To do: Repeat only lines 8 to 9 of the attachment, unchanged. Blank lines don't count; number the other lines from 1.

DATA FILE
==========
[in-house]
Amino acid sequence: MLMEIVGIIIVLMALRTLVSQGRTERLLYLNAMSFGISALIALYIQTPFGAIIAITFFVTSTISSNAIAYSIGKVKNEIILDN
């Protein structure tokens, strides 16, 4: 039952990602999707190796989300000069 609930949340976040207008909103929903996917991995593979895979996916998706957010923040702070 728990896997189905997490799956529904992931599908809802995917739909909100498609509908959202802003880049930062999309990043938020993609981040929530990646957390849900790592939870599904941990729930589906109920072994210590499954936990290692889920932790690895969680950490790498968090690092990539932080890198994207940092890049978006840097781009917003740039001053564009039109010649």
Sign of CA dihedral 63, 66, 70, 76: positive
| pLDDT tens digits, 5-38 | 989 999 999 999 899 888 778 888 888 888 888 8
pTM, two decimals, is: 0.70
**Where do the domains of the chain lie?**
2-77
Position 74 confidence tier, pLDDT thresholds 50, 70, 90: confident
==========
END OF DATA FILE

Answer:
2-77
Position 74 confidence tier, pLDDT thresholds 50, 70, 90: confident